Human antigen R promotes lung fibroblast differentiation to myofibroblasts and increases extracellular matrix production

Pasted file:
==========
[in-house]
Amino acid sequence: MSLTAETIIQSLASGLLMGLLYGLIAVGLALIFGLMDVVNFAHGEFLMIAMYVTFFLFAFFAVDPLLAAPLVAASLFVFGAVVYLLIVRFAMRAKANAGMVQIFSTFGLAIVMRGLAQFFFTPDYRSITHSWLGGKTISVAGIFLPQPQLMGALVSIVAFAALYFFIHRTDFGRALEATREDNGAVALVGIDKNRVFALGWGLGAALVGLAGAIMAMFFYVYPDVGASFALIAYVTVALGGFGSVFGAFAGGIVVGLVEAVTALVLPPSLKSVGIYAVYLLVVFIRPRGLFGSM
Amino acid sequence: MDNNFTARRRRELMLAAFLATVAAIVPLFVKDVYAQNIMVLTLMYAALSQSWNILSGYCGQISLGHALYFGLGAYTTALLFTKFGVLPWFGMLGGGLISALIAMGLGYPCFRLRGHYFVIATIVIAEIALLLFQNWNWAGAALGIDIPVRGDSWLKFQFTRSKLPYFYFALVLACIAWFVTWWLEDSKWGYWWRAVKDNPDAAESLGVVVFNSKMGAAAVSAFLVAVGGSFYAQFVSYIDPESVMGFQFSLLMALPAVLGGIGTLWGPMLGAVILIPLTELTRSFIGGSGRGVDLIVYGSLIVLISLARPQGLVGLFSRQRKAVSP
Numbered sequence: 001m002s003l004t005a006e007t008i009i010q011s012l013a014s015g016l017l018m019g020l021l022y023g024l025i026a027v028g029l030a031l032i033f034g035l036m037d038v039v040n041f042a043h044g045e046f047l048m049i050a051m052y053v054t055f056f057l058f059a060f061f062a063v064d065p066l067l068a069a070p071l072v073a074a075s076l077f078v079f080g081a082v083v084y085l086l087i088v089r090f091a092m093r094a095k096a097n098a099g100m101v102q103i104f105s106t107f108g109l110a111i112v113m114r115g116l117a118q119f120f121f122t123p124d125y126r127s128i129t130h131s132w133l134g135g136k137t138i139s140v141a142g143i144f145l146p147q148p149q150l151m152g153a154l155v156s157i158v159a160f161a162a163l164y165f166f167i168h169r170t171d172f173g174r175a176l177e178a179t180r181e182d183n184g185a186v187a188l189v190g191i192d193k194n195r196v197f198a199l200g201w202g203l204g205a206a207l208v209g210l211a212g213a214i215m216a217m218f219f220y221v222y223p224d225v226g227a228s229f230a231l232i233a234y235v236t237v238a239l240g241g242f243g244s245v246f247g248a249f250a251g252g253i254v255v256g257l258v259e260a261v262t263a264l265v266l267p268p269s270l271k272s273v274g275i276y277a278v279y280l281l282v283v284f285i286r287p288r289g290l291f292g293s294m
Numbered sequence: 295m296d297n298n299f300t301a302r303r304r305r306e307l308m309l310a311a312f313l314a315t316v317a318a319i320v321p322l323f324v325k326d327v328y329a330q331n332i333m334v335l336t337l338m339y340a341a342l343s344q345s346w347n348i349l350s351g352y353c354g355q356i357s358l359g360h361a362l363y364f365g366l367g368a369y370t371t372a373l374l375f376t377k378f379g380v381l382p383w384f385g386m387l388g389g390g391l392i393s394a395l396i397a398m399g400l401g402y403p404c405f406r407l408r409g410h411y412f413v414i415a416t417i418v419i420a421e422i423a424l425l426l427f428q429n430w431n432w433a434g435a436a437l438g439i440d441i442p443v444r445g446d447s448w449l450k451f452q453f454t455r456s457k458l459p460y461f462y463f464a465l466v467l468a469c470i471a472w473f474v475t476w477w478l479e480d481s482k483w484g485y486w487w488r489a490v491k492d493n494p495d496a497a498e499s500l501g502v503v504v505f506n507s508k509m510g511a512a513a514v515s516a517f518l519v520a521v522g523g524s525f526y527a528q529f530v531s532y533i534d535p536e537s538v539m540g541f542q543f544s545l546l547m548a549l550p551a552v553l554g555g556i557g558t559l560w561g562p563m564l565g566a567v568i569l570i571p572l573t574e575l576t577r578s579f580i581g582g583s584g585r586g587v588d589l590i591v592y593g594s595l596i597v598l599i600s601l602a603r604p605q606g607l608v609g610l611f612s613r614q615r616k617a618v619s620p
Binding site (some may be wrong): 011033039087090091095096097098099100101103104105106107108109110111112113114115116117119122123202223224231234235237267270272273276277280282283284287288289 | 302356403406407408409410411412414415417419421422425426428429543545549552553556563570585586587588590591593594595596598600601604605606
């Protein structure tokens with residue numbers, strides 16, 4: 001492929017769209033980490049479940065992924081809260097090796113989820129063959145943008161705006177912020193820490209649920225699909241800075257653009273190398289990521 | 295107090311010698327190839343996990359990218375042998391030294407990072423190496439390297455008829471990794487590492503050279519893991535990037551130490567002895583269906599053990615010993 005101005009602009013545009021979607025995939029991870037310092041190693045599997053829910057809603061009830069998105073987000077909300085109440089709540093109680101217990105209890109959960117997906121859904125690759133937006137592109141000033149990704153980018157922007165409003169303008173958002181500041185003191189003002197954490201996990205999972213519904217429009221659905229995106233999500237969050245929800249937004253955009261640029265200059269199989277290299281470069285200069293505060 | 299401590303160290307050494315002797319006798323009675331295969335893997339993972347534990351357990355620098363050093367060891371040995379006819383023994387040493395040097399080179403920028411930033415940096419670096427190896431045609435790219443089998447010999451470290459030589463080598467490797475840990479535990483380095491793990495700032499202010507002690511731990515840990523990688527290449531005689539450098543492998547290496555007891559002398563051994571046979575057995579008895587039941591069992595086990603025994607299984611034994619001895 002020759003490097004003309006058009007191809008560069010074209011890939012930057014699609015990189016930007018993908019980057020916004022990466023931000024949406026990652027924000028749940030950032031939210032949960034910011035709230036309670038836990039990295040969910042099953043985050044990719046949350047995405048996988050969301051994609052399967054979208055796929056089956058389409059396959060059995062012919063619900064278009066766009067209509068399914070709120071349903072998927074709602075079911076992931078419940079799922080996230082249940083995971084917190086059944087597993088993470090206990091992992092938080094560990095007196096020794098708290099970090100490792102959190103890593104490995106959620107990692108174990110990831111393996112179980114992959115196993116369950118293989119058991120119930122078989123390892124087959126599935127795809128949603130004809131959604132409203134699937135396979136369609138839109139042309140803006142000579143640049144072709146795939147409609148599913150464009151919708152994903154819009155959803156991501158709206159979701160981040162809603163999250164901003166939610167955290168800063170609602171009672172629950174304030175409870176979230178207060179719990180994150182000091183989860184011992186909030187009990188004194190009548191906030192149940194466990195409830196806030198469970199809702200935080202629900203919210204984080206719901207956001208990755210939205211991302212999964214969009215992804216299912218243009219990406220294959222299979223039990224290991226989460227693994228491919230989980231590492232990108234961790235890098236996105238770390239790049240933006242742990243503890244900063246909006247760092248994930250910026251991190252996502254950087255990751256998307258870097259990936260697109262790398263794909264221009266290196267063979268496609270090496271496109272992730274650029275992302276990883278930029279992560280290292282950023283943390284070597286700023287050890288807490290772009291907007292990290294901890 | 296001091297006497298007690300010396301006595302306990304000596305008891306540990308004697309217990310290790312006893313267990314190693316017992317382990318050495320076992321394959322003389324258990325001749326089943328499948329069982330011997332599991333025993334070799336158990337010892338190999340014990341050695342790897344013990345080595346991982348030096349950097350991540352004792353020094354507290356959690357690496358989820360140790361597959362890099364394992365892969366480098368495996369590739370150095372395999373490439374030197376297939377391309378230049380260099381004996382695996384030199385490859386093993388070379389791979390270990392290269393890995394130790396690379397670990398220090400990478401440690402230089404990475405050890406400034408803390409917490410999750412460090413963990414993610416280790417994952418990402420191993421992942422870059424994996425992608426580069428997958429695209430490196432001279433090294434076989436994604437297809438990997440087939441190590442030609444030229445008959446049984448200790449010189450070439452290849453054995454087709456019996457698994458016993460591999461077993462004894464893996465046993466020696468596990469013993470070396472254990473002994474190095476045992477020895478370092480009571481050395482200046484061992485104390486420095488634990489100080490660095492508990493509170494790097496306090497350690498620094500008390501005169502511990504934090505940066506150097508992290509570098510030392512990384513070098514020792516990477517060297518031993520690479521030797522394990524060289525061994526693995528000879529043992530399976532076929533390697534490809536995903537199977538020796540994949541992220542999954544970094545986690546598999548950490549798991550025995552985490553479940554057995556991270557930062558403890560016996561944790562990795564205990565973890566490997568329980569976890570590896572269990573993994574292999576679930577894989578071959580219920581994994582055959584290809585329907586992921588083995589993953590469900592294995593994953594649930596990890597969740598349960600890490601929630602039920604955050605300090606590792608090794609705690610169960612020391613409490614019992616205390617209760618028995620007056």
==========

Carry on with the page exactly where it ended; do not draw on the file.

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Idiopathic pulmonary fibrosis (IPF) is a disease of progressive scarring caused by excessive extracellular matrix (ECM) deposition and activation of α-SMA-expressing myofibroblasts. Human antigen R (HuR) is an RNA binding protein that promotes protein translation. Upon translocation from the nucleus to the cytoplasm, HuR functions to stabilize messenger RNA (mRNA) to increase protein levels. However, the role of HuR in promoting ECM production, myofibroblast differentiation, and lung fibrosis is unknown. Human lung fibroblasts (HLFs) treated with transforming growth factor β1 (TGF-β1) showed a significant increase in translocation of HuR from the nucleus to the cytoplasm. TGF-β-treated HLFs that were transfected with HuR small interfering RNA had a significant reduction in α-SMA protein as well as the ECM proteins COL1A1, COL3A, and FN1. HuR was also bound to mRNA for ACTA2, COL1A1, COL3A1, and FN. HuR knockdown affected the mRNA stability of ACTA2 but not that of the ECM genes COL1A1, COL3A1, or FN. In mouse models of pulmonary fibrosis, there was higher cytoplasmic HuR in lung structural cells compared to control mice. In human IPF lungs, there was also more cytoplasmic HuR. This study is the first to show that HuR in lung fibroblasts controls their differentiation to myofibroblasts and consequent ECM production. Further research on HuR could assist in establishing the basis for the development of new target therapy for fibrotic diseases, such as IPF.